Public Release: 

Indigenous fire practice protecting the Gibson Desert's biodiversity

University of Queensland


IMAGE: Fire-sensitive desert myrtle (Aluta maisonneuvei ssp. Maisonneuvei) seedling after fire. view more 

Credit: The University of Queensland

Traditional Indigenous burning practices are protecting plant biodiversity in Australia's Gibson Desert, according to University of Queensland research.

The study analysed how environments dominated by flammable spinifex grasses and fire-sensitive desert myrtle shrubs reacted to wildfires, and to the low-intensity burning practices of the Pintupi people.

UQ School of Agriculture and Food Sciences researcher Dr Boyd Wright was originally doing field work for a book about edible and medicinal plants used by Indigenous people of Kiwirrkurra, on the eastern edge of the Gibson Desert.

"While on these field trips I realised that the spinifex and desert myrtle environments resembled what we in the ecology community call alternative stable state systems," Dr Wright said.

"Alternative stable state theory suggests that ecosystems can exist under multiple 'states', and that state shifting - where one state transitions to another - is usually driven by a disturbance, or frequent disturbances."

Dr Wright said when such shifts happen, the entire composition of an ecological community can change.

"Rainforests can transform into savannas or shrublands into grasslands, but to my knowledge there were no confirmed examples of alternative stable state systems in arid zones," he said.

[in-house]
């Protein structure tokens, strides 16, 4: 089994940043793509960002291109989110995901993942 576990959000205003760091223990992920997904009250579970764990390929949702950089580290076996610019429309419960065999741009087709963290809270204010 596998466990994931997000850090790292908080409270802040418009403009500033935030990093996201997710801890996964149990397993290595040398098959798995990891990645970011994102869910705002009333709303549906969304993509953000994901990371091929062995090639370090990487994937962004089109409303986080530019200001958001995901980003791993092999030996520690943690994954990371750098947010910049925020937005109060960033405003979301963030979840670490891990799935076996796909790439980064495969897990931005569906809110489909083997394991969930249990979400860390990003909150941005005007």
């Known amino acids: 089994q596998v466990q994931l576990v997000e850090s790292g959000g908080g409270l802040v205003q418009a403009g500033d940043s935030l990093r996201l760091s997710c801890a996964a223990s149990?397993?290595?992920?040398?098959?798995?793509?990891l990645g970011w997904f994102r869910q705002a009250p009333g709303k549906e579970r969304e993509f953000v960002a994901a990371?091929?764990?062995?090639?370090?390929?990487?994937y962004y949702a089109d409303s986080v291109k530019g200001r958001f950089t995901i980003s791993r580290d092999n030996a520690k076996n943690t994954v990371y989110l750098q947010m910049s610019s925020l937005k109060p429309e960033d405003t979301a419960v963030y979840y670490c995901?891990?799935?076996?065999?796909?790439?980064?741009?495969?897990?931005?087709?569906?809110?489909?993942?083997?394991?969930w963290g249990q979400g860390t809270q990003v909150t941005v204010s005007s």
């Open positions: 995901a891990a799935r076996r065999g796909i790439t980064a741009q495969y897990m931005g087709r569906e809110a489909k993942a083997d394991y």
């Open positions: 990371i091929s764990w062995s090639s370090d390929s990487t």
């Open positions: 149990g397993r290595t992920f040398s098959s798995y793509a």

"My research suggests that these systems do exist in the Gibson Desert, and that Indigenous fire practices are holding back some of these transformations, retaining critical species."

The Pintupi people have traditionally used low-intensity fires for hunting and land management, most recently to hunt for feral cats by opening up country and improving tracking efficiency.

"Repeated high-intensity summer wildfires have the capacity to burn into the areas where the desert myrtle shrubs grow, completely wiping them out," Dr Wright said.

"But the low-intensity traditional burning of the Pintupi makes it less likely that fires from the spinifex grasslands will penetrate into the shrublands, protecting these landscapes.

"The traditional burning practice of the Pintupi is not only saving the bilby from feral cats, but is also helping to conserve Australia's unique flora."


The study is published in Oecologia (DOI: 10.1007/s00442-018-4215-2).

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